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Discussion Starter #1
Can anyone define IDC by crankshaft/camshaft positioning? i.e. is 100% duty cycle only in relation to the intake stroke, or does it include the exhaust stroke also?
 

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What car and engine? I don't believe it ever goes to 100% duty cycle. The duty cycle decision gets inputs, I believe, from the HEP signal (RPM), MAP, TPS and O2 sensor.
 

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Discussion Starter #3
General question-no Mopar cars involved. Just would like to know what my scanner is telling me. If car is at 100% duty cycle, does it spray thru just the intake, or during both strokes?
 

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100% duty cycle means that the injector is spraying continuously, it never shuts off, even for an instant. I can't imagine that that should happen for longer than a fraction of an instant. It would flood the engine.
 

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Discussion Starter #5
Be thankful you guys have Mopars- probably better fuel mgmt. On some Gov't Motors cars, opening up the intake and exhaust will lead to 100% duty cycle 'cause they're fuel mgmt. is already on the hairy edge.
 

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Time on/( time on+ time off) * 100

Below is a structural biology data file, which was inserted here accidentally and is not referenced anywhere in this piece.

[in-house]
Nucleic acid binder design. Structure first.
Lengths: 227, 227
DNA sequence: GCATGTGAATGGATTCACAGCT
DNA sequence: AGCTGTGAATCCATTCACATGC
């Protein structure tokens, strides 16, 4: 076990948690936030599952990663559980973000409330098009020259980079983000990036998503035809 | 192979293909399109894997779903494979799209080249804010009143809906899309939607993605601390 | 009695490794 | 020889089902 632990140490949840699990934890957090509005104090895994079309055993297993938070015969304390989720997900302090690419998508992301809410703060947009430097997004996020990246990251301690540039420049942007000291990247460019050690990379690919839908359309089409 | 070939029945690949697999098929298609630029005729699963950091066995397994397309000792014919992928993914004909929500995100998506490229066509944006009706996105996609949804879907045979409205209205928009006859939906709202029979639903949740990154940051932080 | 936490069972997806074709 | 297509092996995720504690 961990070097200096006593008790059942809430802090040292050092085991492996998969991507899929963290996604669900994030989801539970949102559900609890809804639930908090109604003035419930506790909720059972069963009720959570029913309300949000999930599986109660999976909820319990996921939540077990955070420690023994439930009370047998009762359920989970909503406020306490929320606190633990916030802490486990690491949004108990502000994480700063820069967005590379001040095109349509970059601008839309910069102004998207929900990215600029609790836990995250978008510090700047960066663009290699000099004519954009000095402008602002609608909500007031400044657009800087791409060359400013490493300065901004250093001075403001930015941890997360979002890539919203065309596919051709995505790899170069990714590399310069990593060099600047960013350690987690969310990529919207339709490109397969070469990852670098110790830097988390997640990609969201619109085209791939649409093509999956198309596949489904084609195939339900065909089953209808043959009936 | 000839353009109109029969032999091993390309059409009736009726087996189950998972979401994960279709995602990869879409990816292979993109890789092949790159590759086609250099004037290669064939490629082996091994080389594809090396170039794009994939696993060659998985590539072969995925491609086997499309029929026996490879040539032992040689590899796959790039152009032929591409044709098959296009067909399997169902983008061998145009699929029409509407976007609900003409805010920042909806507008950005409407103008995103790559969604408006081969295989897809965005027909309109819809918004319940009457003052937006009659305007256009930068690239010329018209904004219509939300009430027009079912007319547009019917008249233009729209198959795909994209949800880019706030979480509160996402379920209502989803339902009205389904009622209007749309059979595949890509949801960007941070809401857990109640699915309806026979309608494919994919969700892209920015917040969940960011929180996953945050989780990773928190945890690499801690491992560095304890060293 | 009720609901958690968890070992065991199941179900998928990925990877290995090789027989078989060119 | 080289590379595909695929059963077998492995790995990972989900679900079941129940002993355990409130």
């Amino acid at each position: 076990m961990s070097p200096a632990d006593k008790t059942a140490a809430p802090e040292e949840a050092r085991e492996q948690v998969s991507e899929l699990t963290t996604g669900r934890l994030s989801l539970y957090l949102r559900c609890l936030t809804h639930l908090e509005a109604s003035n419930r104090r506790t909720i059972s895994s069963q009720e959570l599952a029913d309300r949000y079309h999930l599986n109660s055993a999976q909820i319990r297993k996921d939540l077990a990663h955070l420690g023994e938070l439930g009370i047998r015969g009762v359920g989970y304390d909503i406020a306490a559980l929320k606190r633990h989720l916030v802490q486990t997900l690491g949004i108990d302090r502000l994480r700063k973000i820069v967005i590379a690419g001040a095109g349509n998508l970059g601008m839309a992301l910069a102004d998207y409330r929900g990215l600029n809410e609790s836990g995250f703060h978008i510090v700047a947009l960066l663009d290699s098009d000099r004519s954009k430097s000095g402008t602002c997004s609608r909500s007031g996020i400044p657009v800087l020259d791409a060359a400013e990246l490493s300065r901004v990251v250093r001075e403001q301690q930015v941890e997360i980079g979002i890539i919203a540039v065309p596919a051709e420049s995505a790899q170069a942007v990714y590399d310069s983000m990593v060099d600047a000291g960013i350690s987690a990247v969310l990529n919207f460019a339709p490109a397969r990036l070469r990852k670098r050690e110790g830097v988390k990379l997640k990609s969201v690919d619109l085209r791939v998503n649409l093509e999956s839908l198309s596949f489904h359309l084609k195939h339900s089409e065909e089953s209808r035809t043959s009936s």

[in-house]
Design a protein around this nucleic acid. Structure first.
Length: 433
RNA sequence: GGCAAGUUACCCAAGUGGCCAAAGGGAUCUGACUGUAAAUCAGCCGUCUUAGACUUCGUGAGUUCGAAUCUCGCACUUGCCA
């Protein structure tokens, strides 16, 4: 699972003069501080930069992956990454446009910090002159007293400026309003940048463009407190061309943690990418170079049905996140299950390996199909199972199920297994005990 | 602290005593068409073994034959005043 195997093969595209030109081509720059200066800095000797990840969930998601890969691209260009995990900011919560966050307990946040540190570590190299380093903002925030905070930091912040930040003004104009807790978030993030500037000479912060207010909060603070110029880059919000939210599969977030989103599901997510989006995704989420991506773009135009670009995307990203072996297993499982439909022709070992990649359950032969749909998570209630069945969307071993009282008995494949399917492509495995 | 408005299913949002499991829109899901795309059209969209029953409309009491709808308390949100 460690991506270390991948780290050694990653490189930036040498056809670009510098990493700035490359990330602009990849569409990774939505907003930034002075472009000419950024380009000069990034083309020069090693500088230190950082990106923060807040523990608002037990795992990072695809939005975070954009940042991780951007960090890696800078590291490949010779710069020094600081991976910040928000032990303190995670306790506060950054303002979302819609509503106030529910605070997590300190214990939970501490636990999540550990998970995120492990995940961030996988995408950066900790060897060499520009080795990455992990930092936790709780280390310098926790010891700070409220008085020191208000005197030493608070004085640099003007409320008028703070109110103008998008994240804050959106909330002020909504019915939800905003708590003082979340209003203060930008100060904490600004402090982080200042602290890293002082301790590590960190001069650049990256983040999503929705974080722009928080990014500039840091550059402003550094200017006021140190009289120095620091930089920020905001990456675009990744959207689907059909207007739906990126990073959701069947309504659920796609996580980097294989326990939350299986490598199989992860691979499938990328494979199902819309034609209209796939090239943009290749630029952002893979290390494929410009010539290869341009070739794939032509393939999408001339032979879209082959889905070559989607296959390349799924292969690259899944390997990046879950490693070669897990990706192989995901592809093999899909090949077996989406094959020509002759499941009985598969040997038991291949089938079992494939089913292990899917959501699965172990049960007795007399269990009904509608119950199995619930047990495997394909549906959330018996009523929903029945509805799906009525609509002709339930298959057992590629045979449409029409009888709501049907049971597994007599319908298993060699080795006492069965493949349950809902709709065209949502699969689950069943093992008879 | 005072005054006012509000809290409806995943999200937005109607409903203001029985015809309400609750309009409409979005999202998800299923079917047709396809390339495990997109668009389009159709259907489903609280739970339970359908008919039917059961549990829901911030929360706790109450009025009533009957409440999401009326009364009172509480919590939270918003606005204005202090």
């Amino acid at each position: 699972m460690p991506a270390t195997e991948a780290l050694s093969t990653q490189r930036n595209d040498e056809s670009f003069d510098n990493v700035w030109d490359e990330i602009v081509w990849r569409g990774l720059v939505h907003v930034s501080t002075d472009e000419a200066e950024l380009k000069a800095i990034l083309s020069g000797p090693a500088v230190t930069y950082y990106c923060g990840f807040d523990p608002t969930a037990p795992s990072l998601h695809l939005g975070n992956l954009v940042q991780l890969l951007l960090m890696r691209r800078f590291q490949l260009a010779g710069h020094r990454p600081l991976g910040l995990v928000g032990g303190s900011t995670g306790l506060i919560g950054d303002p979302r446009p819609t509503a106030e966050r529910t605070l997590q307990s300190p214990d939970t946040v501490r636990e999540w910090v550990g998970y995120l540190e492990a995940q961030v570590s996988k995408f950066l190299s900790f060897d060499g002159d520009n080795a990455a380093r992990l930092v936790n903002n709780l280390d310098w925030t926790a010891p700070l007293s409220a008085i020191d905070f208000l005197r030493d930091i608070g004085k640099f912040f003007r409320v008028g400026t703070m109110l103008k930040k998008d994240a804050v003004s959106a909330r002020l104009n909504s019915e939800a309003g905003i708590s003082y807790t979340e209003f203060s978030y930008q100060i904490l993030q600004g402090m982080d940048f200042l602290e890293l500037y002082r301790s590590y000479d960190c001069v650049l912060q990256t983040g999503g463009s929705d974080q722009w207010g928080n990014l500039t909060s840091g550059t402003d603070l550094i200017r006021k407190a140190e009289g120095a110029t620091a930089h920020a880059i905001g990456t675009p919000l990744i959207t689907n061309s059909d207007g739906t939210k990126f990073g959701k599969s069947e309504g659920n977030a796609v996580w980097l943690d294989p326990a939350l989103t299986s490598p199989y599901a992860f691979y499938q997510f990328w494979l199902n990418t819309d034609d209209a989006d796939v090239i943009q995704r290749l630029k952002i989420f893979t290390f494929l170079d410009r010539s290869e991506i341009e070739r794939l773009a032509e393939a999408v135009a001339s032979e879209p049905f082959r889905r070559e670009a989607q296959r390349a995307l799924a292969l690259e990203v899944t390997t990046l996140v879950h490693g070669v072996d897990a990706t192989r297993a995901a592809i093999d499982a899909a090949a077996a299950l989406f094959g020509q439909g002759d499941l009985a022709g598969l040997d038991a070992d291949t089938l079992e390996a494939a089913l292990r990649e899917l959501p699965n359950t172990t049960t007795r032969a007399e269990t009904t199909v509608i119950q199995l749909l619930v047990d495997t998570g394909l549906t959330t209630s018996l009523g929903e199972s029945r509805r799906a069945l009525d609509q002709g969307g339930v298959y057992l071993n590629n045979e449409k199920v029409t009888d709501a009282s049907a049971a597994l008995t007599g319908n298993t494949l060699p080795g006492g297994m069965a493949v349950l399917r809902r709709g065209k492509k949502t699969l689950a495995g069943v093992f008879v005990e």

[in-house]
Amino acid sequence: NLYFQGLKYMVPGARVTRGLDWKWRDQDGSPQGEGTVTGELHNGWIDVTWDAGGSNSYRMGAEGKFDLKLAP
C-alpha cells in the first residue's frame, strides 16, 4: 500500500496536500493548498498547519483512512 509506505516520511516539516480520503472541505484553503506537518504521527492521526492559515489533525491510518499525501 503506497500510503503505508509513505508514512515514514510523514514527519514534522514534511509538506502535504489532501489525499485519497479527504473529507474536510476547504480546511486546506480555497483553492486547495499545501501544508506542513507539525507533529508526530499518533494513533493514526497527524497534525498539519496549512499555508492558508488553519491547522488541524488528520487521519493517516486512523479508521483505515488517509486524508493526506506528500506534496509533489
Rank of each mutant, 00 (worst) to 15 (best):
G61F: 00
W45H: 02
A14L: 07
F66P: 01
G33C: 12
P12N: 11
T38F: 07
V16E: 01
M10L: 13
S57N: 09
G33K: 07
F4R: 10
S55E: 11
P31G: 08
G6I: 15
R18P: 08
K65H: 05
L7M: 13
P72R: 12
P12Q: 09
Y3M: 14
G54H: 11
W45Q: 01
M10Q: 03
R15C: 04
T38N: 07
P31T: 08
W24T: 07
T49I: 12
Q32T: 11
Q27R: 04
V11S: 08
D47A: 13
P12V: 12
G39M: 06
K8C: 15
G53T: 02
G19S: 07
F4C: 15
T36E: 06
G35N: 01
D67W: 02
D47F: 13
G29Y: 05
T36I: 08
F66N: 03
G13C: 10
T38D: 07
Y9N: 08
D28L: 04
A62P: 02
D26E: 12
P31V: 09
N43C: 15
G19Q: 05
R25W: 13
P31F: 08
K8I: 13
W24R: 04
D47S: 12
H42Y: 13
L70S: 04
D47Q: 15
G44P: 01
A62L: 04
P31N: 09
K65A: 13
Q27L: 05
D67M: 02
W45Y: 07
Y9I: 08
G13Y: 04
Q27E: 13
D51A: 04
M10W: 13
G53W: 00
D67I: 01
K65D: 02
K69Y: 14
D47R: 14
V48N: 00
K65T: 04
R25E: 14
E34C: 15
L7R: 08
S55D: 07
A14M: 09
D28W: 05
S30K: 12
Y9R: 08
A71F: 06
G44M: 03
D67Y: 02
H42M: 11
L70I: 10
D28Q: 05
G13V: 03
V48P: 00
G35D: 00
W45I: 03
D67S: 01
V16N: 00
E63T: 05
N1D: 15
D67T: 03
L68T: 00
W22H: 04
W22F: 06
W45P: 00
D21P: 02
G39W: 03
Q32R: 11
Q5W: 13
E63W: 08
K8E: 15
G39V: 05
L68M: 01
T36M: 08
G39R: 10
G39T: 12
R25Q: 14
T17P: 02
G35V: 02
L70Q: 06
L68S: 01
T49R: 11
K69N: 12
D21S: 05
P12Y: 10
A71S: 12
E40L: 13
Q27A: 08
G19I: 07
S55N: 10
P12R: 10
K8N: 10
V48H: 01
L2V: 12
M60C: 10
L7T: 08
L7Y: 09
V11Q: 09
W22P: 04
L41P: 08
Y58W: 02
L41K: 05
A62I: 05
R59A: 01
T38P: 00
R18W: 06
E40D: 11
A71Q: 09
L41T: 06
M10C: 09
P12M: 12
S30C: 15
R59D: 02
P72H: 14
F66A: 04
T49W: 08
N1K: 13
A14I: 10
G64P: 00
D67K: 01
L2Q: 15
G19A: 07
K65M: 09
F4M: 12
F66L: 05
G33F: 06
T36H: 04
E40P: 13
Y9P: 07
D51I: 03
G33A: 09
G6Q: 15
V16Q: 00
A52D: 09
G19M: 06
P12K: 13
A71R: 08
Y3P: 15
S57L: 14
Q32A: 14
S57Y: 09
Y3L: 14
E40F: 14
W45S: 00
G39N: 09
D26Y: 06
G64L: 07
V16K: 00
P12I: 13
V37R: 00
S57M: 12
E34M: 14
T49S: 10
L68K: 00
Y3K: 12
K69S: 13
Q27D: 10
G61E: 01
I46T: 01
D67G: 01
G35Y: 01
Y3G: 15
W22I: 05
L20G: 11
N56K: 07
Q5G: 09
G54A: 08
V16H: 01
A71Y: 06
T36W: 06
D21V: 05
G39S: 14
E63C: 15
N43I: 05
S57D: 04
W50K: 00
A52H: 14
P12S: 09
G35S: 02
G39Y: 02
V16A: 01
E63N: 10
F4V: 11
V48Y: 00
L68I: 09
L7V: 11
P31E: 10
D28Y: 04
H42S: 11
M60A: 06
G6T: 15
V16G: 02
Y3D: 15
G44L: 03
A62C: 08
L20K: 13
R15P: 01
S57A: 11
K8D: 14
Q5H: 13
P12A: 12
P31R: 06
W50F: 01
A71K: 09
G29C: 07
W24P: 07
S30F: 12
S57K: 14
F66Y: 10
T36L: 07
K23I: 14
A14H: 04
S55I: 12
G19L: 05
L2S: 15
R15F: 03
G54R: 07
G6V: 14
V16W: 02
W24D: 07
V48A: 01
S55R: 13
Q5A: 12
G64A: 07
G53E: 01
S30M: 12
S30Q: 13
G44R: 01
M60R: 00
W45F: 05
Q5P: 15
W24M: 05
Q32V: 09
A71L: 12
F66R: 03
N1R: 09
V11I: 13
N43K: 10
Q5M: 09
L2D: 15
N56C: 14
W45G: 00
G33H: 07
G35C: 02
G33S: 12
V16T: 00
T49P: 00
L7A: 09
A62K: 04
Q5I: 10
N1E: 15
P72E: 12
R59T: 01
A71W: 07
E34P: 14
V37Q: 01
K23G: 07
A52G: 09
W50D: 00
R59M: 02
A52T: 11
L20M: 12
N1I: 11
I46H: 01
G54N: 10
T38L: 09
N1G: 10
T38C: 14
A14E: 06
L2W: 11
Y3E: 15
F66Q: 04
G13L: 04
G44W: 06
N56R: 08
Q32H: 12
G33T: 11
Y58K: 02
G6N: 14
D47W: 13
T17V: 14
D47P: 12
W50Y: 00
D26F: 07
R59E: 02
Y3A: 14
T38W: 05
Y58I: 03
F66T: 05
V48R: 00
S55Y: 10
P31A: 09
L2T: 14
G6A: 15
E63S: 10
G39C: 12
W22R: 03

Its a simple time count that doesent take any revulotions into countat all.
lets say that you run at 2000 rpm´s and have a duty cycle of 50% and then
yourun the engine at 4000 rpm´s with the same amount air passing at each revolution you will
end up at 100%, so the faster you spin the bigger injector will needed.
In the 2 mopars ive tried e-85 in ive seen that for a unmodified engine there was enough capacity to
tolerate the 30% increase in fuel flow...didnt even lit the lamp.
 

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Discussion Starter #7
Apparently duty cycle is a percentage of 1 complete power cycle (2 crank rotations). I know what my cam duration is and I don't want to create a CIS system. Matching injectors and fuel pump to get duty cycle I can live with.
 

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Yeah, duty-cycle is the on-time (spray) compared to the off-time of the injector. Some scan tools measure the injector on-time in milliseconds (ms). General on-time at idle is 2-3 ms and as the rpm or load goes up, the injector on-time increases also.
Domestic Chryslers use the speed/density EFI type system.

http://www.carcraft.com/techarticles/electronic_fuel_injection/

http://en.wikipedia.org/wiki/Fuel_injection
 
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